Tuesday, November 1, 2011

The Halfway Point, and the Most Beautiful Forest I've Seen


The work atmosphere is great.  Of course it is stressful at times, but that was to be expected!  I am also in love with the way Four Seasons treats their employees.  Every month, there will be a day at lunch in the cafeteria where they celebrate either a region of France, or a holiday, or, for example, when we were listed as a Palace again.  They put out white table cloths, spread out rose petals and serve champagne.  It feels so special.  Also, you just feel the sense that everyone cares about you.  I'm just an intern but I feel extremely supported and like part of the team.

Now that I've been working there for 3 months (half of my internship), I have much more responsibility and I feel much more comfortable in my abilities and in what I have learned.  There are 2 new apprentices now, who are a step higher than interns in the stringent French kitchen hierarchy.  I'm serious, the cuisine hierarchy here is insane.  I will be happy to return to the states where it is more straightforward and simple.  Anyway, apprentices are still not finished with school and are doing their apprenticeship for 2 years alongside with their schooling--they work 2 weeks, and then have classes for 2 weeks.  And, even the kid who is 16 years old and has no kitchen experience and almost no work ethic, is slightly my superior.  Anyway, for the 2 weeks when the apprentices are not at work, I get to help prepare for restaurant service.  I love this the most.  For the 2 weeks when the apprentices are at work, I make the petit fours, and then prepare everything for assembling the petit fours the next day.  

Here is a plate of petit fours for a cocktail (there were 100 plates like this that we had to assemble).  I really like making things in large numbers like this, maybe catering is in my future?

Petit fours for a cocktail
This is the cart that goes out to the bar/gallerie area every day.  I think it's funny how dramatic the French language is at times.  They don't use a boring word like "cart." To them, this is a chariot.  Even the ugly little metal carts we use to collect dairy products and fruits in the morning from the fridge downstairs are called chariots.  Sometimes I imagine that we are all dressed in Roman garb riding around the kitchen arena with our chariots.  It amuses me.

The desserts on the chariot change seasonally, this was the summer-time chariot.

Right now though, the chariot is so pretty and autumny:

Happily, I work from 8am to 4pm, so I still have a good amount of daytime to explore after work, that is if I'm not completely exhausted and on the verge of death, which happens frequently.  But, here are some stories and pictures of some of my adventurous afternoons:

A friend of my grandmother's has a great-nephew, Joey, who came to Paris from Arizona on his way to a culinary program in Italy.  So, we met  up and I showed him around the city a bit.  Unfortunately, we were surprised by a freak intense rainstorm.  We made lots of new friends under this archway while waiting for a lull.  I felt a little bit like we all had our shields up against arrow-fire.  I don't know how so many people happened to have umbrellas with them.  I didn't.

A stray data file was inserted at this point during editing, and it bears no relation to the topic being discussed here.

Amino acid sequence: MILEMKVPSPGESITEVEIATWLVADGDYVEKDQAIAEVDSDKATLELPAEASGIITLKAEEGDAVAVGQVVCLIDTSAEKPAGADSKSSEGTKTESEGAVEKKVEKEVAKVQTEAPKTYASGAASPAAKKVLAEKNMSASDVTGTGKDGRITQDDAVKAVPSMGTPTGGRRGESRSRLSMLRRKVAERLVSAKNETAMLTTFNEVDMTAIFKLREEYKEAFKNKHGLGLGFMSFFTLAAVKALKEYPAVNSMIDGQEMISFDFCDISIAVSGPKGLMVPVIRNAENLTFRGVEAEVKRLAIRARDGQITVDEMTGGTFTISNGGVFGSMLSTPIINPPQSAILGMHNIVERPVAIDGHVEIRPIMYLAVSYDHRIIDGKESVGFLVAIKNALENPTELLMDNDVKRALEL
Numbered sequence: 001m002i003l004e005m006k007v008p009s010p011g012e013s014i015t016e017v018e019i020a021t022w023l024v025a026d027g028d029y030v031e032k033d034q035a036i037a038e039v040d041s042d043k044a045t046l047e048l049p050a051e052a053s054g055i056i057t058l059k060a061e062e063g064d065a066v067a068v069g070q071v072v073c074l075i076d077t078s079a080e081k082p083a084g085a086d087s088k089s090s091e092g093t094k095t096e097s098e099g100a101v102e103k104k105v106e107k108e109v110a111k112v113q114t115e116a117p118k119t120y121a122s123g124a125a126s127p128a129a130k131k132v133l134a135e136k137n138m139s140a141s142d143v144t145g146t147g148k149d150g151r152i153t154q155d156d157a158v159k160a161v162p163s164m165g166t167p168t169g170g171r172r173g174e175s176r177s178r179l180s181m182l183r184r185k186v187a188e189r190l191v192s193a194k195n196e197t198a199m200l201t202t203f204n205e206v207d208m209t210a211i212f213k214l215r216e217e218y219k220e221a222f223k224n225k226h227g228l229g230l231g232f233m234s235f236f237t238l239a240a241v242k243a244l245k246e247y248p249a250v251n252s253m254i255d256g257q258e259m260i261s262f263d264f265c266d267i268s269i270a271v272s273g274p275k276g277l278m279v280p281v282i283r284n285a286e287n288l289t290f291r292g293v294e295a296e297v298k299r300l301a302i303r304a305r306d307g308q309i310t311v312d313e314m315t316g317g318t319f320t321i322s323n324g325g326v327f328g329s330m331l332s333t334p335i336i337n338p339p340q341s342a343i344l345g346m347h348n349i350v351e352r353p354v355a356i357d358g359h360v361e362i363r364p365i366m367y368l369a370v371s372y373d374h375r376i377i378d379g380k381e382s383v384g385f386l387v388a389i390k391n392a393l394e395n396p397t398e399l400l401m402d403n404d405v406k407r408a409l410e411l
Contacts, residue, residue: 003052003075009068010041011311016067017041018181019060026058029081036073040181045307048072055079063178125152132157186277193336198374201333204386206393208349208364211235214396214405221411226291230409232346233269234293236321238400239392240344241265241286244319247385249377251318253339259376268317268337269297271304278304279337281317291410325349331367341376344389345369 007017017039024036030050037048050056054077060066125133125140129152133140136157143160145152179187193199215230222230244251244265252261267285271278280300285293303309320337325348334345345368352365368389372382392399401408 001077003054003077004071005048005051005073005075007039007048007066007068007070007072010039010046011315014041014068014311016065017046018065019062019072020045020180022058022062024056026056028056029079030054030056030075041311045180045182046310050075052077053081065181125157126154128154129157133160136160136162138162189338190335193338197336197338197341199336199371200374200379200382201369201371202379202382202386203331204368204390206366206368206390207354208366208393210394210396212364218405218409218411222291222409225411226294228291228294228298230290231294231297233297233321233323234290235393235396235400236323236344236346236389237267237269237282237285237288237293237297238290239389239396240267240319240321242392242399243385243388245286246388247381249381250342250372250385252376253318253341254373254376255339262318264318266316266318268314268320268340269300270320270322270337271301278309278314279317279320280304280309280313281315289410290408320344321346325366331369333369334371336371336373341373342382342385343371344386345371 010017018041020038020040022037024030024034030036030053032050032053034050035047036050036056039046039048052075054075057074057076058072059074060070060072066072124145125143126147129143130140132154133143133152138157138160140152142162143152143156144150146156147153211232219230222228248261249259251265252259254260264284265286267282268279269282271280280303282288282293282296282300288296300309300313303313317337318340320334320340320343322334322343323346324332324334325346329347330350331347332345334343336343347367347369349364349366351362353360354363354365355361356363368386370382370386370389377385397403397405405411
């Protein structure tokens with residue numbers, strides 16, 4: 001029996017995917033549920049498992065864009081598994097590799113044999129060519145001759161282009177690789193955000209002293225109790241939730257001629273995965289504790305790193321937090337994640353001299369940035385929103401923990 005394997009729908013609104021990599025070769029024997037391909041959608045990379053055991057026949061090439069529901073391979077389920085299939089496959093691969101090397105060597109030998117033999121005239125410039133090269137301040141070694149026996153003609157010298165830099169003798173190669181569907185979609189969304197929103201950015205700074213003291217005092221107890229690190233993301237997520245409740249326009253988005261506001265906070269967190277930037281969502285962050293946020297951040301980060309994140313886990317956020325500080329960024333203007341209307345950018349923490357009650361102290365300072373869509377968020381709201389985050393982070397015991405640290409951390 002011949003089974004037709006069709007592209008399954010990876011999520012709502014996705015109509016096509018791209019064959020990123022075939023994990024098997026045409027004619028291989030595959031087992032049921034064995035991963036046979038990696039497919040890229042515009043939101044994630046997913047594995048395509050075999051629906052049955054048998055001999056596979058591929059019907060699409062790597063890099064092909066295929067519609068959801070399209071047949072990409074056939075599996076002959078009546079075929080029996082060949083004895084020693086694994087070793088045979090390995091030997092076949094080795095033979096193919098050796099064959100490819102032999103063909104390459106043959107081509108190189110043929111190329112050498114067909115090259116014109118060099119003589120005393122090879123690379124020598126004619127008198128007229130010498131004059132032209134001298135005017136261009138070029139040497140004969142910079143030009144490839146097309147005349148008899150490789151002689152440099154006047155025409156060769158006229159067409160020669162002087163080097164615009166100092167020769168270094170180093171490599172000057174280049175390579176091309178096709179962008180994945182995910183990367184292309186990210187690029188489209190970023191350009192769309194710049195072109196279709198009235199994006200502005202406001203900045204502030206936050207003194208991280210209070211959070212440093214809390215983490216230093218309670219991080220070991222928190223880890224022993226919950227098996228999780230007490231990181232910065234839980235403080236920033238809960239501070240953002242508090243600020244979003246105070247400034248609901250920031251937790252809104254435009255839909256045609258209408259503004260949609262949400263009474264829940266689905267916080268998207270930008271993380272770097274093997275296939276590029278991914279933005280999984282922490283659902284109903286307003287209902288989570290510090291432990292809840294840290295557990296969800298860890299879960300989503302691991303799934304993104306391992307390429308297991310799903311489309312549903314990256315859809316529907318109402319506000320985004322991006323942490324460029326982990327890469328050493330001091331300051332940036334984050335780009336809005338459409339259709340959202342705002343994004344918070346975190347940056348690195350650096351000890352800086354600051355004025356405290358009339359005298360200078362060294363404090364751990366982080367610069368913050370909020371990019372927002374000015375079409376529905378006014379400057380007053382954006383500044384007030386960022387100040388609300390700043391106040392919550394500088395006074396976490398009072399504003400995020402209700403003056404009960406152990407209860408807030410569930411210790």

Luckily, it calmed down enough for us to see the chateau de vincennes.  I LOVE this place.  

There is a botanical-garden type place nearby that we went to after the chateau.  It is so pretty there.

But then it started pouring again--luckily there were a handful of greenhouses to hideout in and watch the storm:

In early October there was a city-wide event called Nuit-Blanche, with free artsy exhibitions all over the city.  Most of them were light-based, or projected onto buildings.  It was really interesting.  The streets were SO full of people, even in the wee hours of the morning, just out celebrating art.    Here are some pictures of what I saw:

I make crepes fairly often at work, and when you have to make hundreds of crepes at a time, I find it is easy to fall into a kind of crepe-trance.  I love looking at each crepe and noticing how the perfect ones look so much like the moon with its craters.  Also, as a result of making so many, I can make crepes in my sleep now and have started making them for breakfast on the weekends!

I've really enjoyed seeing the city transform at night, it's a new culture that comes out at night.

One of my fellow classmates from Ferrandi recently had a going-away party, and it was kind of like a little reunion.  It was so good to see everyone again and to compare our internships.  It sounds like everyone is experiencing heavy responsibilities and learning tons.  That is, everyone who has continued with their internships.  Many people have left France already, or have quit their internships and are looking for a new one.  I feel like maybe only half of everyone has continued on with an internship--and it's only been 3 months.

A couple of weekends ago, after having enough of the paved and people-filled city-life and sincerely craving raw, wild nature and a bit of solitude, I had a self-date and went to the Foret Domaniale de Meudon, which is only a 30 minute bus-ride out of town from me.  It was incredibly beautiful.  I was so excited about exploring it that I made myself an adventure-pack the night before with an apple and some snack food, my journal, some charcoals in case I felt like sketching, and my camera.  Look at this place, it's gorgeous!

Here, I pulled out my journal and wrote for a while.  It was so amazing to feel cold, natural earth beneath my feet again--not cement or earth that probably has a layer of cement underneath it, or a metro line even.  No, just soft, virgin Earth.  To see moss growing on decomposing logs and to observe a fine mist clinging to the bottoms of trees like subtitles.  I stumbled upon a pond and a small little cafe in the middle of the woods.  I wish you could hear the sound of the ducks giggling or the leaves rustling under the sticks of the mushroom-hunters, or even smell the stagnant side of the pond.

So that was a wonderful adventure, then I headed to the Sunday market that's near my apartment and bought this roasted chicken and potatoes.  It was insanely delicious and furthered the happiness of my Sunday afternoon!